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An Interesting Microsoft Tuesday

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Microsoft only issued two security bulletins and an advisory, but the Microsoft Tuesday release was far from uneventful and boring.
16:24 CET on the 10th March 2010
Entry written by Carsten Eiram.

Microsoft only issued two security bulletins and an advisory, but the Microsoft Tuesday release was far from uneventful and boring.

The whole release started off in a rushed manner as a security site, which claims that it "follows a responsible disclosure policy", leaked technical details from the security bulletins hours ahead of time. This stunt forced others to publish information earlier than expected instead of waiting for the usual coordinated disclosure time.

It's very unfortunate when events like these occur as it could easily ruin the good relationships that have been created between researchers and software vendors like Microsoft where the parties are sharing information with each other more readily. We hope this occurrence won't cause Microsoft or other software vendors to have second thoughts and, hopefully, Microsoft will take proper measures to prevent such a leak from occurring again in the future.

One of the security bulletins, MS10-016, fixed a single vulnerability in Movie Maker - an application bundled with most versions of Windows to, as the application name suggests, create movies. The application apparently lost its virginity with the release of this security bulletin as it seems like it's the first vulnerability reported in it. The vulnerability is a logic error as it erroneously copies data into the wrong buffer when reading in data from a project file, causing a buffer overflow.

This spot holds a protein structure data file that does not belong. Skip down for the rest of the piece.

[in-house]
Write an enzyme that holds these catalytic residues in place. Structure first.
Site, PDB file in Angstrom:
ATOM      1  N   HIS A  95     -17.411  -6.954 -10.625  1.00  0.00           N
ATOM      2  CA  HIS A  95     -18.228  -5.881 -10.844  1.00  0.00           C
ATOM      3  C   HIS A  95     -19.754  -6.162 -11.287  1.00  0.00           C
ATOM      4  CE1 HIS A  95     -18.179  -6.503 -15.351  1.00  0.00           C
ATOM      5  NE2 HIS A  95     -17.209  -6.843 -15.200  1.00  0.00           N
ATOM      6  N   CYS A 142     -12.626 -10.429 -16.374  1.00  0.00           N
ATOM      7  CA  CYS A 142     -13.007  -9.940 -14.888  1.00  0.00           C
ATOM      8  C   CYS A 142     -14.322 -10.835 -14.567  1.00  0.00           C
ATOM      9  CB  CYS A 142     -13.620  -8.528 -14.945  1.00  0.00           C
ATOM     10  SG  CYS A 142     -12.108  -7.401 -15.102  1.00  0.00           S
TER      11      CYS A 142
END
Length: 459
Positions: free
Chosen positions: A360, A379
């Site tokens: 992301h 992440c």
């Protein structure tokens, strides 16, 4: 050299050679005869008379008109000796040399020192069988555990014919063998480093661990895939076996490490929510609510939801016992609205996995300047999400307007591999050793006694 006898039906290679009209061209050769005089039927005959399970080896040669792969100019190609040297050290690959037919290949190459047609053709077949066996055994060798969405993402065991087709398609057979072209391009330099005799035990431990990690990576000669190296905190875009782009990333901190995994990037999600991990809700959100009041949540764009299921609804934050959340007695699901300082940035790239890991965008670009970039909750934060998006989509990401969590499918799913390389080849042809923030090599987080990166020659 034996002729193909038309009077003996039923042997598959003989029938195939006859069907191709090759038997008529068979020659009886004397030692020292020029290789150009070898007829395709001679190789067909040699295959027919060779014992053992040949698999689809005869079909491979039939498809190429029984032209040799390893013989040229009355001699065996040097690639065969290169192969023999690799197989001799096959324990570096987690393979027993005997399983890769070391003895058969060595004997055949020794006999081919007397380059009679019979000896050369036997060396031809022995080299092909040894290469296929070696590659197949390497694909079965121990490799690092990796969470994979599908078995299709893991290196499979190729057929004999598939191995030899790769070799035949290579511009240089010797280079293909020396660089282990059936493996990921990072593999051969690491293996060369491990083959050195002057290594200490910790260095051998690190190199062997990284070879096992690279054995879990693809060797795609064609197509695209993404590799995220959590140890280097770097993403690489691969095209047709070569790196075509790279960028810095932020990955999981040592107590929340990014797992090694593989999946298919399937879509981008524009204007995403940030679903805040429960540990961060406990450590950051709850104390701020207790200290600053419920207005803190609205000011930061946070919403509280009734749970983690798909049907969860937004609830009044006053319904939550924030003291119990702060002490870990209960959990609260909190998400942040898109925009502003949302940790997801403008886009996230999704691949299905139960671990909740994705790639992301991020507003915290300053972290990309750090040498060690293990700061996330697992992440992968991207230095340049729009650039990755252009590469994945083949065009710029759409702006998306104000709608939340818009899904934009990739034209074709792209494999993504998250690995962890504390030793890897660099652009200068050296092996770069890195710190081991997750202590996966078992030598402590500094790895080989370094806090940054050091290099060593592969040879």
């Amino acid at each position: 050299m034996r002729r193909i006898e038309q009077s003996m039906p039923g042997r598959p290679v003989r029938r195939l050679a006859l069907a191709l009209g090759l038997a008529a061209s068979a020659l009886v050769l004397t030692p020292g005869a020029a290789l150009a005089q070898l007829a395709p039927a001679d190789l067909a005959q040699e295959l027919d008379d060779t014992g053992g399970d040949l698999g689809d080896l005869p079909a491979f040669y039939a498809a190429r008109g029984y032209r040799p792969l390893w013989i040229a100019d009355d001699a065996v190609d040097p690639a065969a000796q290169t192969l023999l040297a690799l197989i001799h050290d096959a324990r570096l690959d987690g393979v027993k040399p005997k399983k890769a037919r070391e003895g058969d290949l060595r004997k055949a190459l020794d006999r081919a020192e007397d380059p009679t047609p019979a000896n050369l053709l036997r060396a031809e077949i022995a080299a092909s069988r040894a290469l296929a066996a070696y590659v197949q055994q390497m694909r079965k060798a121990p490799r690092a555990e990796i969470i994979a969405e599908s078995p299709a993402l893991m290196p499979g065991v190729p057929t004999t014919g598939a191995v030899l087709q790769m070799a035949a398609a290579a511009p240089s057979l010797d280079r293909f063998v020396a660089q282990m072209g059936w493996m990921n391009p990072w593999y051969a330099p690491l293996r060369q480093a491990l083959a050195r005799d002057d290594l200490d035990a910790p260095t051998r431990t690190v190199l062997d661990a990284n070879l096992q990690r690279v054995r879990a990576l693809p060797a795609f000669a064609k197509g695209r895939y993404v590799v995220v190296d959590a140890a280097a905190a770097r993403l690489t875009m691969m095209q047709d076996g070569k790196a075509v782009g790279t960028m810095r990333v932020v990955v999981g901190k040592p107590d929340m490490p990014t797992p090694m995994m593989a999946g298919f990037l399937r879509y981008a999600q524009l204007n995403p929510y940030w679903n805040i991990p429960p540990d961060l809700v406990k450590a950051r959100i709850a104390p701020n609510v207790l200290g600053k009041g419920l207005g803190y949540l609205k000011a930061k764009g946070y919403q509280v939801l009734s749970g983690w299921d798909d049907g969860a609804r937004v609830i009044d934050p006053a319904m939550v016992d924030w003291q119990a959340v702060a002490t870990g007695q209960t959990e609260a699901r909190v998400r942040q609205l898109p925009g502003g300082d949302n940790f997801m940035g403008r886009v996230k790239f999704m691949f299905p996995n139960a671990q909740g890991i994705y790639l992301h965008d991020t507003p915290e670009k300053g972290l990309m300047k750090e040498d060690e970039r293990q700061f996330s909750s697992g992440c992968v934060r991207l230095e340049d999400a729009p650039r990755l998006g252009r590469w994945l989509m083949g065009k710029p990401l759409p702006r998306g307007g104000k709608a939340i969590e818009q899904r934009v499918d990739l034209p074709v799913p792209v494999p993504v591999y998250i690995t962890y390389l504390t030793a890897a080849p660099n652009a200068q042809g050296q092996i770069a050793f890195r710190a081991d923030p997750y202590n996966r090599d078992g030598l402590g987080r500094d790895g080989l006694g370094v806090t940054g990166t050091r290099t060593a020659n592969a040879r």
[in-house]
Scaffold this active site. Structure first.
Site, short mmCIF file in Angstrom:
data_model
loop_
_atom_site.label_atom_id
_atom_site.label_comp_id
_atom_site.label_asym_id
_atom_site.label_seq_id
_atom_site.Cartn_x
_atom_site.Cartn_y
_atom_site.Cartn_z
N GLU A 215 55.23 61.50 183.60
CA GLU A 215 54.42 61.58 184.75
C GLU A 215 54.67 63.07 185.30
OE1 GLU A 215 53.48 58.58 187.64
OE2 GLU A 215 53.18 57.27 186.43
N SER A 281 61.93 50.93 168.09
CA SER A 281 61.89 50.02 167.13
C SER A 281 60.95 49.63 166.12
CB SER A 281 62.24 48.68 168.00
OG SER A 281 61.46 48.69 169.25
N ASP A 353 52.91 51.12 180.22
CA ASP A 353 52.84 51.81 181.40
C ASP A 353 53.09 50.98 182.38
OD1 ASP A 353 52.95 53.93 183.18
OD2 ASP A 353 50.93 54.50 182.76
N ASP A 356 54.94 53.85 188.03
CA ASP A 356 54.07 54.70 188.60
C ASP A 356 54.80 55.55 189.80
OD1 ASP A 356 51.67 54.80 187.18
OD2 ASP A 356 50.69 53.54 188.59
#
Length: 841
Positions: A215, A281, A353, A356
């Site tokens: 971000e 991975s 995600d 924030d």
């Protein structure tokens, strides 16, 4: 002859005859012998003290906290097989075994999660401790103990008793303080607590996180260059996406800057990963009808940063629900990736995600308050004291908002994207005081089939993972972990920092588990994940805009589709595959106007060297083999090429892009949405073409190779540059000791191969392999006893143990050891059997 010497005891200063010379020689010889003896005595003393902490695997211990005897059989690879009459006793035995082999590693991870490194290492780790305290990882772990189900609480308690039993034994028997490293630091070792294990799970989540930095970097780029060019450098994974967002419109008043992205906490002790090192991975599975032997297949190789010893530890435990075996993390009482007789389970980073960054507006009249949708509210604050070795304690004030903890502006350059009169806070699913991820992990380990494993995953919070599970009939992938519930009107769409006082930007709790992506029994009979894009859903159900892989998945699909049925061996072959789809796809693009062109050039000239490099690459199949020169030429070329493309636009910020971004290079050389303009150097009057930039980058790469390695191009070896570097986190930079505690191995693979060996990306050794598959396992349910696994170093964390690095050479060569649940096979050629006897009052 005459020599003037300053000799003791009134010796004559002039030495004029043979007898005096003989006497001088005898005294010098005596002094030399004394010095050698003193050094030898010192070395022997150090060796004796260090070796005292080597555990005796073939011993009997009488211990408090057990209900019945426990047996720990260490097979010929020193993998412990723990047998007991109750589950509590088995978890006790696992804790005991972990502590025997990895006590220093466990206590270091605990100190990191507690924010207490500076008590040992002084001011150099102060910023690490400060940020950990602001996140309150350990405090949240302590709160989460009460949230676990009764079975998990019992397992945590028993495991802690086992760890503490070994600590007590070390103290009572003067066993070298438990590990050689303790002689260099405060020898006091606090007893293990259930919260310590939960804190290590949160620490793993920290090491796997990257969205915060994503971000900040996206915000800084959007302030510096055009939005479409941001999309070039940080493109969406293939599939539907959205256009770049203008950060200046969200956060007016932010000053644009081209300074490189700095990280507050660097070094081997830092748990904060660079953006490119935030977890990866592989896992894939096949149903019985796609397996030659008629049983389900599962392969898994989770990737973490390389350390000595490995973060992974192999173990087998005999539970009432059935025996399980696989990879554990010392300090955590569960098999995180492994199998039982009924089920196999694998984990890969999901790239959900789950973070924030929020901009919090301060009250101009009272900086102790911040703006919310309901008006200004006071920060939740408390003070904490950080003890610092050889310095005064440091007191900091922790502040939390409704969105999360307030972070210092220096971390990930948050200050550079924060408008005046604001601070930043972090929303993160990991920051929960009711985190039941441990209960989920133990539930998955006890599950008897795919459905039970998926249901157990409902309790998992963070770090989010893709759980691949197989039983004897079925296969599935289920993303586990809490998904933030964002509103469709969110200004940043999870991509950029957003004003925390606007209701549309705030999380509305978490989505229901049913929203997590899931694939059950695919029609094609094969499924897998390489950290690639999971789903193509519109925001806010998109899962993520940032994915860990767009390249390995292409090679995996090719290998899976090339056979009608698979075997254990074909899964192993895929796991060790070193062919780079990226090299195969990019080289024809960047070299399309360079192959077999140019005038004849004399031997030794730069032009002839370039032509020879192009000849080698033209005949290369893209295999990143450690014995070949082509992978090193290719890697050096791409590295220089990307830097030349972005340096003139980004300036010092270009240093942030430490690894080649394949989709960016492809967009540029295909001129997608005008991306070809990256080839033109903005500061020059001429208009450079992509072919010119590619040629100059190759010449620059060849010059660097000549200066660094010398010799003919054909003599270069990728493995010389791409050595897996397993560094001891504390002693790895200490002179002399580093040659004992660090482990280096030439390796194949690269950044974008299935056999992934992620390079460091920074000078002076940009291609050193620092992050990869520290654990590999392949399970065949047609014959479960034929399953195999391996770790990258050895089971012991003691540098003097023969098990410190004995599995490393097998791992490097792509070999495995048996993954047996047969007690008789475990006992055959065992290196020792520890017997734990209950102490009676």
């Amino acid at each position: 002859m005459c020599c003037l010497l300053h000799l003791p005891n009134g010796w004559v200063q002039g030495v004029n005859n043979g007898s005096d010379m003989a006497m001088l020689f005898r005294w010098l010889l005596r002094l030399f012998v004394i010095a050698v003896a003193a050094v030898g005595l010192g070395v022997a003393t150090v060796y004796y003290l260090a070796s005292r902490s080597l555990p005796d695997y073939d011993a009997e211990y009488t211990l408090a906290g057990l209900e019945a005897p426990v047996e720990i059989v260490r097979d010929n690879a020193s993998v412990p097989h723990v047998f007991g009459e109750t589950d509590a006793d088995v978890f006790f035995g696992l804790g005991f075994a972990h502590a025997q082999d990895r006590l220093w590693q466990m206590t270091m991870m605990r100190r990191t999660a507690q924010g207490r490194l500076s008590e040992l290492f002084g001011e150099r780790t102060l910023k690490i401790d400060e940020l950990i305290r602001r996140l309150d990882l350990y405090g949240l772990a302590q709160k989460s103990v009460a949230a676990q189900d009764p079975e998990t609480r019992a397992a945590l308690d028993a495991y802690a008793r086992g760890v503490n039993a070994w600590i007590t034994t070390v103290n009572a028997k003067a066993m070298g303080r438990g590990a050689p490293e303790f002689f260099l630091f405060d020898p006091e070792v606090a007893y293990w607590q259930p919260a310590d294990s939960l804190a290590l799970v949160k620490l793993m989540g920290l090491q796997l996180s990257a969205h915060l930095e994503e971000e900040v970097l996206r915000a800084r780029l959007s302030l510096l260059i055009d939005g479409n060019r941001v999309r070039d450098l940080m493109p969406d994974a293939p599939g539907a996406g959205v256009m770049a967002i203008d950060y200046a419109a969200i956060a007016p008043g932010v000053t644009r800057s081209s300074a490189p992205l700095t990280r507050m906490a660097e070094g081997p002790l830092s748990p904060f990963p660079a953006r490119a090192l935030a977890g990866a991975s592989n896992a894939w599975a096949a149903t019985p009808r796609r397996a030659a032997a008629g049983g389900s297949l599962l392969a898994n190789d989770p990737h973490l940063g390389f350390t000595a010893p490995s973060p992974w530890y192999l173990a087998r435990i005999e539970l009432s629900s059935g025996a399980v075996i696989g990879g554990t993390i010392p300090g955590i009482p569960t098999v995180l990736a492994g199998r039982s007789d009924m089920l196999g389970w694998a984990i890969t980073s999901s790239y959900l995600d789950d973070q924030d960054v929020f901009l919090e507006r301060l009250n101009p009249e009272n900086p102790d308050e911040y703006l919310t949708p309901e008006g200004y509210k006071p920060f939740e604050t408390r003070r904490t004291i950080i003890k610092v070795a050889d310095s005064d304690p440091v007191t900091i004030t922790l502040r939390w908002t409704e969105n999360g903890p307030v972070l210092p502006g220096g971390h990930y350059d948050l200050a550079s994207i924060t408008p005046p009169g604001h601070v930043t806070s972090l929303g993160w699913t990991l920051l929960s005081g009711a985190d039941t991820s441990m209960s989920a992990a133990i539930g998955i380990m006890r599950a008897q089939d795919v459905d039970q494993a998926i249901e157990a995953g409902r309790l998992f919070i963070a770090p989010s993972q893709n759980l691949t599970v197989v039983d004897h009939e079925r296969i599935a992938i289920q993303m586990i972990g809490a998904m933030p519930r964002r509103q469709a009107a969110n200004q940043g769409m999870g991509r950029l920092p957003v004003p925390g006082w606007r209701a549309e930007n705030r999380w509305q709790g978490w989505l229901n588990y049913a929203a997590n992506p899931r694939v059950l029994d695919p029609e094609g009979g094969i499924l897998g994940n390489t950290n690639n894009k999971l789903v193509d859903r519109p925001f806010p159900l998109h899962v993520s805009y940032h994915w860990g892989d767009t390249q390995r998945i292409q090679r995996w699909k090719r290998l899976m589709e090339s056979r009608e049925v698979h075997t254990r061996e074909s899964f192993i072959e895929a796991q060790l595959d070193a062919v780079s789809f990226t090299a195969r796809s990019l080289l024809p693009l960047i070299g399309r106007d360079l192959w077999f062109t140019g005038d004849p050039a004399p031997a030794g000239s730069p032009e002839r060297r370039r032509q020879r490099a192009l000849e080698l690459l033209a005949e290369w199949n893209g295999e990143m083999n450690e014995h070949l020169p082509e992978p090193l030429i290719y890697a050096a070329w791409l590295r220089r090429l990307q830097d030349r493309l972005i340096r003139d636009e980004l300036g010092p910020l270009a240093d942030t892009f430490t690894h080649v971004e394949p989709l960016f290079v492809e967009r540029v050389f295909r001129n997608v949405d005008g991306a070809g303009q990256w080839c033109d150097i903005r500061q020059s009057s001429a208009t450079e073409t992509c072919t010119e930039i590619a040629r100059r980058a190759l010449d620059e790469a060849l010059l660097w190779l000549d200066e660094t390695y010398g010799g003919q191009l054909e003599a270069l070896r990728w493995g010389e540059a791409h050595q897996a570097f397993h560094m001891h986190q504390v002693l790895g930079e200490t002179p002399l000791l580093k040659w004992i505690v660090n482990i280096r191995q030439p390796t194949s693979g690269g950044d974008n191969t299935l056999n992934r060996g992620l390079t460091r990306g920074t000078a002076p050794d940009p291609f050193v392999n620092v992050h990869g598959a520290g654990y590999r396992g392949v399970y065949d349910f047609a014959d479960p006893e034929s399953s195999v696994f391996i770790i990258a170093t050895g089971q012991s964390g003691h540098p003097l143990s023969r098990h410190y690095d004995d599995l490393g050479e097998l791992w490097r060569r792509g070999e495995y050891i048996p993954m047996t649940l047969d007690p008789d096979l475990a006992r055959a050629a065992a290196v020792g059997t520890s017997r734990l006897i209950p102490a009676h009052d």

The other security bulletin, MS10-017, addressed a number of vulnerabilities in various versions of Microsoft Office Excel. Interestingly, Microsoft Office Excel 2007 is the application affected by most of the reported vulnerabilities (5 out of 7). The vulnerabilities are caused by various types of errors that allow execution of arbitrary code. Only two vulnerabilities received a rating of "2" in Microsoft's exploitability index; all other vulnerabilities were rated "1" (i.e. consistent exploit code likely).

To finish off the release, was a security advisory for a new 0-day vulnerability in Internet Explorer 6 and 7 that Microsoft states is currently being exploited in targeted attacks.

An interesting monthly release...

Stay Secure,

Carsten Eiram
Chief Security Specialist

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